Polymers are a key enabler in electronic packaging. The logical question is: what types of polymers are well-suited for electronics? There are two basic classes of polymers; thermoplastics and thermosets. As shown in the schematic on the left, polymers (poly meaning many, and mers meaning units) are long chains of repeating chemical units. Polymers can be linear (polystyrene, polypropylene), branched (polyethylene) or crosslinked (epoxy).
Thermoplastics are very long polymer chains with a high molecular weight and can be either crystalline or amorphous. The high molecular weights of polymers impart their useful properties such as good mechanical properties and have the ability to be molded into various types of parts (injection molded, extruded, etc). Thermoplastics can be amorphous (no crystallinity) and can be considered to be “like a bowl full of spaghetti” with the long chains entangled with each other. The late Professor Garth Wilkes from Virginia Polytechnic Institute used to refer to molten polymers (like linear amorphous) and a bowl full of snakes, since the polymer chains are undergoing random Brownian motion and slithering past one another. A schematic of a linear amorphous thermoplastic is shown in the following figure.
Polystyrene is a good example of a linear amorphous thermoplastic. Polystyrene has mid-range mechanical properties with a glass transition temperature (Tg) of 100°C and since it is amorphous is clear (some of the typical hard, clear disposable drinking cups are PS). Linear amorphous polymers only have a Tg (since there is no crystalline phases to melt) and above Tg they will soften and flow. Semi-crystalline thermoplastics have both an amorphous region and a crystalline region. The amount of the crystalline phase typically determines the physical and mechanical properties. Semi-crystalline polymers have a melting point (i.e. the temperature where the crystalline domains melt) and a Tg corresponding to the amorphous region. The following schematic shows an idealized morphology for a semi-crystalline polymer.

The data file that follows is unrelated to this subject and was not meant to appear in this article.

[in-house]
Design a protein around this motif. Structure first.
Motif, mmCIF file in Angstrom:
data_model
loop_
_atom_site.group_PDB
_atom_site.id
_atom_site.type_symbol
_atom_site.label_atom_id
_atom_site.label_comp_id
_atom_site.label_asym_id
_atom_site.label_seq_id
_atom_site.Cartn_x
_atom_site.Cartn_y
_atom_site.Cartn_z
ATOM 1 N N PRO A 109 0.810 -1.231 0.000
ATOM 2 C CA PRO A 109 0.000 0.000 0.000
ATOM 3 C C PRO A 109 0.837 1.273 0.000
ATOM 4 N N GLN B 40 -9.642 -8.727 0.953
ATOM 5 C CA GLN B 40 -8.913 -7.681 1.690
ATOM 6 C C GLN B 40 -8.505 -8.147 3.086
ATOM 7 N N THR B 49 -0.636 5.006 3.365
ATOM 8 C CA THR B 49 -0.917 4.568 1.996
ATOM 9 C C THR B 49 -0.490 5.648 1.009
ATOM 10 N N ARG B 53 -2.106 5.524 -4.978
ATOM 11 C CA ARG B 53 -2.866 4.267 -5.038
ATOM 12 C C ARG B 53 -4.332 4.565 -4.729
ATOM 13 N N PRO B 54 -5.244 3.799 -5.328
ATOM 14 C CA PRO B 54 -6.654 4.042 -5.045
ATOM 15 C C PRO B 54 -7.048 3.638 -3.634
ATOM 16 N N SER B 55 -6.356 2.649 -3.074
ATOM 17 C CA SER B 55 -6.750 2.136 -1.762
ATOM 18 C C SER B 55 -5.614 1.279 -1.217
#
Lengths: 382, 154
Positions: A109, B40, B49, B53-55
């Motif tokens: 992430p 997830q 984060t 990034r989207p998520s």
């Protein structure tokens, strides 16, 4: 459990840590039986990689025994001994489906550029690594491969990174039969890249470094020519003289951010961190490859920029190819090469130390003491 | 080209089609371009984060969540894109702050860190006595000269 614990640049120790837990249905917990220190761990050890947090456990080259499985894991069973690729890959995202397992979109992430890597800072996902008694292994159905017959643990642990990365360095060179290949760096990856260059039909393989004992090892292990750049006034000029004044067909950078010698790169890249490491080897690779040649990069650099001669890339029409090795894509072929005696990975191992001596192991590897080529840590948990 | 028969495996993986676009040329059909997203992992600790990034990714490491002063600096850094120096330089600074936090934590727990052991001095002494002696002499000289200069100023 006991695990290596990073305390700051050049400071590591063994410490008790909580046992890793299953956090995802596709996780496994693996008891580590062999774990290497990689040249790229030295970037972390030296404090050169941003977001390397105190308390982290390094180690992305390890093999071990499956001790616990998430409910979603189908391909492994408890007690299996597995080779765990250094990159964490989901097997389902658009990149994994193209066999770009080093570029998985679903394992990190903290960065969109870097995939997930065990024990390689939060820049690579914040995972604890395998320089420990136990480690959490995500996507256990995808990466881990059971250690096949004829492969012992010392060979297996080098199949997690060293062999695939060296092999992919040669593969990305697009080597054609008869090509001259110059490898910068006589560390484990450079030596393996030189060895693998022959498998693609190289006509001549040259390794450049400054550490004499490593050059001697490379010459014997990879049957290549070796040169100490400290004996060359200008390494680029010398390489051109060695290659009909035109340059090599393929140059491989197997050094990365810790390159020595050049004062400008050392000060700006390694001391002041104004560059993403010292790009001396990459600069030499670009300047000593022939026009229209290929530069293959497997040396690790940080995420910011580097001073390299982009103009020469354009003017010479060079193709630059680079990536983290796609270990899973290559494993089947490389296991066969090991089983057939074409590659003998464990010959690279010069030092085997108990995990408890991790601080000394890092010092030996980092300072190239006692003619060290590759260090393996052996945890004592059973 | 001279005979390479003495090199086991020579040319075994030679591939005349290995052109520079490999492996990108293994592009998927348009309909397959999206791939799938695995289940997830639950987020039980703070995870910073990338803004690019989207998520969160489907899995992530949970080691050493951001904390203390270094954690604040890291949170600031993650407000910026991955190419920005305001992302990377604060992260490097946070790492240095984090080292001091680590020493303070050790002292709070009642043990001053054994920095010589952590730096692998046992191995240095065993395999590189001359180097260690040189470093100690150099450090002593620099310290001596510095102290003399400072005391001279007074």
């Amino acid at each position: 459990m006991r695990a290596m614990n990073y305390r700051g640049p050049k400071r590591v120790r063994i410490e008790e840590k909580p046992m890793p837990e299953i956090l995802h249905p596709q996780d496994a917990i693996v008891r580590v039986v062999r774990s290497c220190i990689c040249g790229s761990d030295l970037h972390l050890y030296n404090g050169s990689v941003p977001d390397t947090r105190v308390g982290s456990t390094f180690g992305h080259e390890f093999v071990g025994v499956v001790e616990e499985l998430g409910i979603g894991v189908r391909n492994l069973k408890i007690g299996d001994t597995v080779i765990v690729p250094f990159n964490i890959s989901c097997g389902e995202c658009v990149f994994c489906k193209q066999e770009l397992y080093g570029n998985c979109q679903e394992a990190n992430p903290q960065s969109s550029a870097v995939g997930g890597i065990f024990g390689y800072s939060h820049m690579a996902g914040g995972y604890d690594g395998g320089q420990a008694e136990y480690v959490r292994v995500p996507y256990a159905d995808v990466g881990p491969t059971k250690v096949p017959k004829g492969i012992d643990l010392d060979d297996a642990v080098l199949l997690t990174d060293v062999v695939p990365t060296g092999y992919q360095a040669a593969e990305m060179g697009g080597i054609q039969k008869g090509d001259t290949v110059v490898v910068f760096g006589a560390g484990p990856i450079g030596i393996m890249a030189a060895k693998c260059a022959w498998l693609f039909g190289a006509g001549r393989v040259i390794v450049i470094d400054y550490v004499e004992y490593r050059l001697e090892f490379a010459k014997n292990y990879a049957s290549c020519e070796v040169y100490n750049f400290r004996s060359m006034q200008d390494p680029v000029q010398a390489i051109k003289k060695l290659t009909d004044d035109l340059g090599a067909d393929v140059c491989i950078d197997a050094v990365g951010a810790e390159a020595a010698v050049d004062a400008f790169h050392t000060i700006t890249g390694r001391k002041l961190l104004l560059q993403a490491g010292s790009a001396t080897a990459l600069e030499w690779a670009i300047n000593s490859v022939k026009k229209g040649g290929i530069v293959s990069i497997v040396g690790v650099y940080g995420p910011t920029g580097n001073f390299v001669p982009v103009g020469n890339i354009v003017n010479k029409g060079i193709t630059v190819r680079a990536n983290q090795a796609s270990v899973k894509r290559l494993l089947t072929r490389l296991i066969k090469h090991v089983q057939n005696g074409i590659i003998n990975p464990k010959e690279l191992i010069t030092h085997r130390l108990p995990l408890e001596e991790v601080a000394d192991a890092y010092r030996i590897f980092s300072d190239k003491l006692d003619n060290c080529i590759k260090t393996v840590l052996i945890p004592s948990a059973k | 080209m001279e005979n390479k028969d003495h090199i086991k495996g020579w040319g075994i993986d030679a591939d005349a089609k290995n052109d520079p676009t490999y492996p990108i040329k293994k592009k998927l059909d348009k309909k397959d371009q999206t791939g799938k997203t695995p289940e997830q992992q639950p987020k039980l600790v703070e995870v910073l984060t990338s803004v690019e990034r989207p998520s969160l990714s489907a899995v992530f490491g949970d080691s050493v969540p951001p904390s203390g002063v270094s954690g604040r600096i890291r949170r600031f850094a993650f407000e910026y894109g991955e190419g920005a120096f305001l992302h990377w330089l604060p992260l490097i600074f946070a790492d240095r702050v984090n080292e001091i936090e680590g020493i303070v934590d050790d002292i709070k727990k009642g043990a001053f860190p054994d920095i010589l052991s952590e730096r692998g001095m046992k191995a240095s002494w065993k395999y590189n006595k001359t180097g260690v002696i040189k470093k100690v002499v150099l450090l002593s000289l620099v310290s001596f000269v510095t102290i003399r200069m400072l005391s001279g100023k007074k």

Semi-crystalline polymers have a very wide range of melting points that are typically under 200°C (except for the high performance engineering (and expensive) thermoplastics). Semi-crystalline polymers have several attractive physical properties (good modulus, toughness, low moisture absorption) but are very difficult to process (remember the long chains). The main drawbacks to using thermoplastic polymers in electronic packaging are twofold:
- As the molecular weight increases, the viscosity increases very rapidly requiring processing at temperatures above the melting point
- In use, if the Tg or Tm is exceeded, the dimensional stability (i.e. ability to flow) limits the use in electronic packaging, since most of the electronic packages experience multiple solder reflows where the temperature is likely to be in the range of 220°C – 260°C, well above the Tm or Tg of most thermoplastics.
Thermosets are a class of polymers that start out as small molecules (monomers and oligomers) and during a chemical reaction polymerize into a network structure. In the final fully cured state, the crosslinks join the chains together providing both good mechanical properties, but thermosets will not flow (and be dimensionally stable) above the Tg (thermosets only have Tg’s). A schematic of a crosslinked network is shown in the following schematic.
Crosslinks prevent the chains from sliding past one another resulting in a stable material that will not flow above the glass transition temperature. Subsequent posts will cover more on the crosslinking reactions and network formation, which is a critical difference between thermosets and thermoplastics. The following schematic compares the processing of thermoplastics (left) with thermosets (right).
In the figure on the left, a thermoplastic polymer may be heated above the glass transition or the melting temperature resulting in a highly viscous liquid that can be formed into useful shapes using heat and pressure. Upon cooling, the polymer will either crystallize or turn into a glassy polymer (solid). Subsequent heating will repeat the process. This is why many linear thermoplastics (such as polyethylene terephthalate (PET) used in water bottles) can be recycled.
Thermosets (schematic on the right) start out as small molecules (monomers and oligomers) and during heating turn into a very low viscosity liquid. The heat actives a series of chemical reactions that cause the growth of polymer chains and then ultimately forms a fully cured, crosslinked network. On subsequent heating (for example during 240°C reflow to attach solder balls), the crosslinked network will not flow or loose it shape. Once the network is formed, the chemical structure does not revert back to monomers or oligomers unless the temperature exceeds the degradation temperature.